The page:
Infosys wipes out Vishal Sikka legacy, to sell Panaya, Skava
That Infosys has decided to let go of acquisitions of Panaya and Skava is the clearest sign yet of the firm heralding in the era of new CEO Salil Parekh
Bengaluru: Nearly nine months after the departure of former chief executive officer (CEO) Vishal Sikka, India’s second largest software exporter Infosys Ltd has eviscerated the last remaining pieces of the former SAP executive’s legacy at the company and decided to start on a clean slate—the clearest sign yet of the company’s road map under the stewardship of non-executive chairman Nandan Nilekani and new CEO Salil Parekh.
On Friday, Infosys effectively conceded that the large acquisitions that it undertook under Sikka had failed to bear fruit, with the company deciding to jettison two companies—Skava and the controversial Panaya—through a proposed sale, which many analysts interpreted as a fire sale of sorts.
Infosys bought the companies on Sikka’s watch. It spent $320 million on the two. Now, less than two years later, it has decided to sell them. More tellingly, Infosys has written down $90 million—nearly half the amount it spent buying Panaya.
“As part of our strategic review, we put together a set of criteria for our entire portfolio. When we looked at Skava and Panaya, they did not meet that criteria. We then decided to take the actions that we’ve taken,” said Parekh.
“Both Skava and Panaya put together, the revenues from them are not material for us,” said chief financial officer M.D. Ranganath during a post-earnings address.
The latest moves also mark a culmination of an earlier statement from Nilekani, shortly after he returned as chairman last year, when he indicated that Infosys would return to the basics of good execution and use the US more as a “listening post” for the future, rather than as the centre of all its operations.
“We see the Palo Alto office as a listening post to the latest developments in tech happening in Silicon Valley, in machine learning, AI, deep learning, virtual reality, automated reality, self-driving cars,” Nilekani had said.
Again, since Sikka’s departure in August, almost all the former SAP executives who joined Infosys have left Infosys.
Infosys also undertook a reshuffle of sorts of its board, with the company deciding to name Kiran Mazumdar-Shaw as its lead independent director, which, according to one executive, suggests that Infosys is looking at Shaw to lead the board whenever Nilekani decides to leave the company.
Infosys also dissolved the three-member finance and investment committee at the board, which was made to oversee the investments and acquisitions by the firm during Sikka’s stint.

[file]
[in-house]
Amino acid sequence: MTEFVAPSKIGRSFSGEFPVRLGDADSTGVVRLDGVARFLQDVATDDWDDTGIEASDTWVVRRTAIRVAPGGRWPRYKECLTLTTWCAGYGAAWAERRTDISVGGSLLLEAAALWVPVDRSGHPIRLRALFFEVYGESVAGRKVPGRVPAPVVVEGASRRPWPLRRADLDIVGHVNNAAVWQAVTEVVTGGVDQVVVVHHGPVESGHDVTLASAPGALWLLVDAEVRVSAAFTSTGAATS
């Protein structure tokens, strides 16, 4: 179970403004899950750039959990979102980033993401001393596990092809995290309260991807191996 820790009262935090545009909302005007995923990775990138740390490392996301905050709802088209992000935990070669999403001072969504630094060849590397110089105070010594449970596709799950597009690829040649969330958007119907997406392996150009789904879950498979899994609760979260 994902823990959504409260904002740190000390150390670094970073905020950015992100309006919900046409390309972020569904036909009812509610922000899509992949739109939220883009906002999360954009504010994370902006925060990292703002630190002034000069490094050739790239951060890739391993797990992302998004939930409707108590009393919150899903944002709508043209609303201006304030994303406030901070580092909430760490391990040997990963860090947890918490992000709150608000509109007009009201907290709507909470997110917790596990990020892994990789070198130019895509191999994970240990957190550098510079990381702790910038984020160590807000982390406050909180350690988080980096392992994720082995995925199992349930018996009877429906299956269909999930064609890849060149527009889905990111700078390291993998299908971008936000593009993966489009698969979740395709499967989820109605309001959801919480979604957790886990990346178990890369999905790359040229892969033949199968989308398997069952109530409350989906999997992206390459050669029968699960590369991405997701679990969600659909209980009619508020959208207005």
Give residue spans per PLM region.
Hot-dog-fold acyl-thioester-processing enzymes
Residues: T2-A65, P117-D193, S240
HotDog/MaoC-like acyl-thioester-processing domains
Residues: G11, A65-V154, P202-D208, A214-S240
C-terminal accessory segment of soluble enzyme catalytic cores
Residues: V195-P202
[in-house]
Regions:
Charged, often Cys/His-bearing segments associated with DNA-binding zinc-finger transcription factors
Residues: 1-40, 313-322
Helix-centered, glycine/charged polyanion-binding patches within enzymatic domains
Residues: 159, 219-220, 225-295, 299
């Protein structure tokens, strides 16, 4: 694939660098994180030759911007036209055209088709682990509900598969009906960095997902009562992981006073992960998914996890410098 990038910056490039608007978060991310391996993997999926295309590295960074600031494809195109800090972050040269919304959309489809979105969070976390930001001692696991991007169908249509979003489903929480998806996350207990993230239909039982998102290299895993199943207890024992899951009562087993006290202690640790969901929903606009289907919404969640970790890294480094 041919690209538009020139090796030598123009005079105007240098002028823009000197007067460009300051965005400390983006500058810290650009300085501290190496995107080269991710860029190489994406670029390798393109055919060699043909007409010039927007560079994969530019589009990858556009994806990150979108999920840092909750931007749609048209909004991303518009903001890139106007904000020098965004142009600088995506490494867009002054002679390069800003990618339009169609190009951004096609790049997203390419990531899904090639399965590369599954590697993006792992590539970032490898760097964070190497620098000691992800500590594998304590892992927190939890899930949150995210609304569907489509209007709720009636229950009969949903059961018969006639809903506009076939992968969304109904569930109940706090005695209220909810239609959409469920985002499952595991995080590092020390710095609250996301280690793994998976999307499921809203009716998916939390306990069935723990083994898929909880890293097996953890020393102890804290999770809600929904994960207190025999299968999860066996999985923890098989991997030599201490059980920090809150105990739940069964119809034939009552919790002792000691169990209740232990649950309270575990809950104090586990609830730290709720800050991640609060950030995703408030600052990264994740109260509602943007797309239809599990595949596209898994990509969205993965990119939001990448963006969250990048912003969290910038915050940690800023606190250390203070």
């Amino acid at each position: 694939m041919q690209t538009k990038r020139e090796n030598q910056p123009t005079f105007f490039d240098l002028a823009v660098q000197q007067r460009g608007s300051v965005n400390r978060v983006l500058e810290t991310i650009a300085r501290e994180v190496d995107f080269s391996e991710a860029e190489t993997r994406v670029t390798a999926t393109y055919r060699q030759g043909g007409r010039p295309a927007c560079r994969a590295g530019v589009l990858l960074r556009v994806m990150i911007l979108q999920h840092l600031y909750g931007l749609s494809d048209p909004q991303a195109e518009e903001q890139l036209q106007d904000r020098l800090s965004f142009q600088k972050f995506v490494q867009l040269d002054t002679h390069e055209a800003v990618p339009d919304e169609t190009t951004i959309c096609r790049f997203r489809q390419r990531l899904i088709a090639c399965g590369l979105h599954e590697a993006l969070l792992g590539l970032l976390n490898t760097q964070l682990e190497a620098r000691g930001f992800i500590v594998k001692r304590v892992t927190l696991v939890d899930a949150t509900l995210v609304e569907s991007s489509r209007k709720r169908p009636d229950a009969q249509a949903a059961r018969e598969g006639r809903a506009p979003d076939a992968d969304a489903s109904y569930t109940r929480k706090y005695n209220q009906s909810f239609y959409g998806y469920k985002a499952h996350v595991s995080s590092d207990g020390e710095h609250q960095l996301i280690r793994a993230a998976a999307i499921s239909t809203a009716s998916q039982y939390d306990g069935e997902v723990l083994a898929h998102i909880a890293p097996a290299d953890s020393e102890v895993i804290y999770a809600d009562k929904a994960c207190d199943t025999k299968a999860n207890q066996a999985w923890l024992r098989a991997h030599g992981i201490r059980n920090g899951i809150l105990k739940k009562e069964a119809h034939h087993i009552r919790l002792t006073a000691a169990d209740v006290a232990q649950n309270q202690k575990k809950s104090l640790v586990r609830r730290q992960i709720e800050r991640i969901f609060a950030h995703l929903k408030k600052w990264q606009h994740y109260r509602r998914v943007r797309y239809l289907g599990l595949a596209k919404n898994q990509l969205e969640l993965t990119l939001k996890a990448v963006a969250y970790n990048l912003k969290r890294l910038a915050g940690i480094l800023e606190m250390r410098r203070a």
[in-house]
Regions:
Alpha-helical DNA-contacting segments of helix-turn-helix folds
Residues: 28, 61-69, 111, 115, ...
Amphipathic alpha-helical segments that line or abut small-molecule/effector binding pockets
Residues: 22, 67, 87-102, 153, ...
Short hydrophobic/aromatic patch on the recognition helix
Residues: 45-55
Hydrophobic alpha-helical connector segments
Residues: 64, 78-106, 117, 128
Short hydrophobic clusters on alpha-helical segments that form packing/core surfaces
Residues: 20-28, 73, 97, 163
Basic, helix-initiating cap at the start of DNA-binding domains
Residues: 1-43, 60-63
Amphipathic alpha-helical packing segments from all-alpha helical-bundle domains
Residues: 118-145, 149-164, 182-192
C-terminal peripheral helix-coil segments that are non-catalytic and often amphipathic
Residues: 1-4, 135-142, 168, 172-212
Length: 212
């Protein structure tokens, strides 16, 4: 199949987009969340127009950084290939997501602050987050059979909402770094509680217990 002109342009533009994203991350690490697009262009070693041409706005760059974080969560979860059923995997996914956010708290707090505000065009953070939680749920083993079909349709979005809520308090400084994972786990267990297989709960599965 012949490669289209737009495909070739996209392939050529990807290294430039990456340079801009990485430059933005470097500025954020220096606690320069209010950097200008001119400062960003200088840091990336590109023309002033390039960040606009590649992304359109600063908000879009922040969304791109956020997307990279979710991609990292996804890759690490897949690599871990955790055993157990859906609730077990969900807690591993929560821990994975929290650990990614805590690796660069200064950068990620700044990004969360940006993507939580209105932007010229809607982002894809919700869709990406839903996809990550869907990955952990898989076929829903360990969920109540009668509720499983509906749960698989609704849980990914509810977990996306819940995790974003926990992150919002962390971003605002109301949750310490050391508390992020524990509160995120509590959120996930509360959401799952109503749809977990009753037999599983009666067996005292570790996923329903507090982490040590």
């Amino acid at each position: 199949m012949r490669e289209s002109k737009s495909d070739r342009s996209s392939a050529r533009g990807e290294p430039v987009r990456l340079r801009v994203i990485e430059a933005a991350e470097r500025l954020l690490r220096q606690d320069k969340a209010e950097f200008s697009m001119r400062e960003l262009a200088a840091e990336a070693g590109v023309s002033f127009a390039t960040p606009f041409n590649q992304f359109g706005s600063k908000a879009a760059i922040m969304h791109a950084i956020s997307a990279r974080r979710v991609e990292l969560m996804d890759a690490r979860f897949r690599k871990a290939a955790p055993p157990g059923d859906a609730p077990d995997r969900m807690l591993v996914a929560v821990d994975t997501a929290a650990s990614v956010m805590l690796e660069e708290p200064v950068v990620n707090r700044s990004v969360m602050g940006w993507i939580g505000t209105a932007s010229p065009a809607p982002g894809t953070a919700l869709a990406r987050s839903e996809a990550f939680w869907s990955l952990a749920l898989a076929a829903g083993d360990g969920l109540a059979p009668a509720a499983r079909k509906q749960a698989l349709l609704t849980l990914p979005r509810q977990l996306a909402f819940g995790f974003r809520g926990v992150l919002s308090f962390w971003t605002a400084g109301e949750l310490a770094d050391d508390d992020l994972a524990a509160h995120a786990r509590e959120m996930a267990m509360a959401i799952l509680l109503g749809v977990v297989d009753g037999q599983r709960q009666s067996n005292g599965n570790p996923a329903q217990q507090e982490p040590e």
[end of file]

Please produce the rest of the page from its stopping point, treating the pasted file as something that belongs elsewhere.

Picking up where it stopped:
Despite the concession that its most recent acquisitions have failed to work out, a calm and confident Parekh indicated that he is not playing conservative, as Infosys surprised the market by announcing that it had agreed to buy WongDoody Holding Co. Inc., a US-based digital creative and consumer insights agency, for $75 million.
In more ways than one, Parekh and Nilekani have also reversed some of the earlier management’s decisions. Three years back, Sikka outlined his aspirational target to make Infosys a $20 billion company with 30% profitability by 2021. Infosys has now lowered its operating margin band for 2018-19 to 22-24%.
A positive fallout from this development is that Infosys can chase more business and grow revenue as commoditized outsourcing deals see intense pricing pressure, and at the same time, it has more money to give to its employees.
For this reason, many analysts and observers said that, effectively, Infosys addressed all three constituencies of employees, shareholders and promoters.
Infosys is also set to return $2 billion to shareholders in dividends and share buyback in 2018-19.
Some of the concerns of Infosys founders, led by N.R.Narayana Murthy, have also been effectively addressed, with Infosys’s decision to sell both Panaya and Skava.
“Almost three years after acquiring Skava, Infosys’s share of the retail and CPG (consumer, packaged goods) vertical remains relatively flat, around 14% of total revenue. This trend highlights Infosys’s struggle to improve vertical performance by developing and customizing industry-specific platform IP (intellectual property),” Bozhidar Hristov, an analyst at US-based research firm TBRI, said in a statement.
Of all its acquisitions, Infosys’s decision to buy Panaya was the most controversial, with a few employees and some founders, including N.R. Narayana Murthy, questioning the rationale behind buying the Israeli firm.
Infosys’s then chief financial officer, Rajiv Bansal, expressed his reservations and even walked out of a board meeting when board members were asked to approve a proposal to buy Panaya in February 2015. Later, Infosys’s decision to make an unexplained and generous severance payment to Bansal led to a few shareholders, including Murthy, repeatedly raising the issue. Sikka, then CEO, strongly denied all allegations of skulduggery and corporate greed but eventually called these charges “sickening” and resigned on 18 August.
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